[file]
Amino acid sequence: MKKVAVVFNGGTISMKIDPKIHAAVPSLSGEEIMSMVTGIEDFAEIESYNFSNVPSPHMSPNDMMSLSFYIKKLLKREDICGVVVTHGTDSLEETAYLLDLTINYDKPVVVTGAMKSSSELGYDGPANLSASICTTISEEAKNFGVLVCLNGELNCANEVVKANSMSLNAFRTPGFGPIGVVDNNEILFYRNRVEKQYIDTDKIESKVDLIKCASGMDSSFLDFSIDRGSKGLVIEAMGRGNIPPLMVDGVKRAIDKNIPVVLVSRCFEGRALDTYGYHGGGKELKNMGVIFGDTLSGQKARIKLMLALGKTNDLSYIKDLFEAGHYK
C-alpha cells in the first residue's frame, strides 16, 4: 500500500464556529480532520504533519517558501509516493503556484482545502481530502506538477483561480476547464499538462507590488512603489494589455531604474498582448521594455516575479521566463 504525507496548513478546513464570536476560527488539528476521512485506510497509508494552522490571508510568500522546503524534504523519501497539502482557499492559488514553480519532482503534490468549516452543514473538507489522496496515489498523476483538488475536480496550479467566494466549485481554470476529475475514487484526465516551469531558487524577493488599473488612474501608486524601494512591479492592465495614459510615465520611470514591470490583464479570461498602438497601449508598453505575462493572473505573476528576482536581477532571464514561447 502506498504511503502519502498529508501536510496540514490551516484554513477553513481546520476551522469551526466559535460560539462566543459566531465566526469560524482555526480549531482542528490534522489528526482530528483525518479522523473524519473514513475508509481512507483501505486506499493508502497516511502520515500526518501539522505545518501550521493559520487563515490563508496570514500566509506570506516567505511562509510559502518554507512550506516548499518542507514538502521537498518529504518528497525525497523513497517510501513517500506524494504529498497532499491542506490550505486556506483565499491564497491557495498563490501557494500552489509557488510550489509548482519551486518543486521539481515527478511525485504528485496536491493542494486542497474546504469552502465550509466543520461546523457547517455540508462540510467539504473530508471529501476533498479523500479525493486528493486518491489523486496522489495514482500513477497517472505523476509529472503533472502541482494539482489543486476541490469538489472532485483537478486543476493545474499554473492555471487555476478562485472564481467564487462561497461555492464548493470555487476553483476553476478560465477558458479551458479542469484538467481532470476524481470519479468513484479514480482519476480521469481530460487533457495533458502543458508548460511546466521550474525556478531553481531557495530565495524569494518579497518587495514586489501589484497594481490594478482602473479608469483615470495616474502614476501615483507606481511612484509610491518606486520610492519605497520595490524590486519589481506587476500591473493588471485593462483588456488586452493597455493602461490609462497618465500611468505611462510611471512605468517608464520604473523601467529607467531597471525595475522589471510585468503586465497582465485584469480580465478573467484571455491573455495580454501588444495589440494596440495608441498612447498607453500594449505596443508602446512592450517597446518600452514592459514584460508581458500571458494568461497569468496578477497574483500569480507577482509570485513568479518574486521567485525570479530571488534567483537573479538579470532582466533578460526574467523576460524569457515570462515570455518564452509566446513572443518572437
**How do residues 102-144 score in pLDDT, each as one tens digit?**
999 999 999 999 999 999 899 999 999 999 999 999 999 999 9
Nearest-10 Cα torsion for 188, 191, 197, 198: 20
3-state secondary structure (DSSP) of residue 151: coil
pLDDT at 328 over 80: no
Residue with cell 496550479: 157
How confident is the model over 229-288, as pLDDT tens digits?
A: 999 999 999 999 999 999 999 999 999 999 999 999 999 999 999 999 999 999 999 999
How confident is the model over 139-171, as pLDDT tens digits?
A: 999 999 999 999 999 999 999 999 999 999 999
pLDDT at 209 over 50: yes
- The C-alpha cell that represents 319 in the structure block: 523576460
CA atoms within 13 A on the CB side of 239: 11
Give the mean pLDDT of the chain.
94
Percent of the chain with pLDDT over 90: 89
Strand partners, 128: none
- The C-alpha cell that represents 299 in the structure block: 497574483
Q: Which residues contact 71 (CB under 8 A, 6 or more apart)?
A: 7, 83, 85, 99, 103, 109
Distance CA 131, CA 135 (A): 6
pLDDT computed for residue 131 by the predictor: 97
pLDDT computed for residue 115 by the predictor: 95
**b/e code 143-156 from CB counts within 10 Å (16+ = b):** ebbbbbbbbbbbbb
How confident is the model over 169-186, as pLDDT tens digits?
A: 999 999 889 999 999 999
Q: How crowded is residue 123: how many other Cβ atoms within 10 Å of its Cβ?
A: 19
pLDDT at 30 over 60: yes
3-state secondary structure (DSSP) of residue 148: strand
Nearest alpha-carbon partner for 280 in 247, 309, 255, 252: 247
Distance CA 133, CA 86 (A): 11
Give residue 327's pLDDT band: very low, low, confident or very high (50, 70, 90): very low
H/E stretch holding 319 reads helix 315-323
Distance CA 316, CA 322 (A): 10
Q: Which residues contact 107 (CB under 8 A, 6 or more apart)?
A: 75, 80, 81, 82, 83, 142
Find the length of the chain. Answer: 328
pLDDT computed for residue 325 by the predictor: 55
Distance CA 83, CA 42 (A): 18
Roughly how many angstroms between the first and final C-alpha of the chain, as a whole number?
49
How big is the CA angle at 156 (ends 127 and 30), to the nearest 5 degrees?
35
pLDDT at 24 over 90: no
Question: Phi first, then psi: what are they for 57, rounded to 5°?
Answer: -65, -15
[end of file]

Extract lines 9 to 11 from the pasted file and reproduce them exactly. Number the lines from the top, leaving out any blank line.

How confident is the model over 229-288, as pLDDT tens digits?
A: 999 999 999 999 999 999 999 999 999 999 999 999 999 999 999 999 999 999 999 999
How confident is the model over 139-171, as pLDDT tens digits?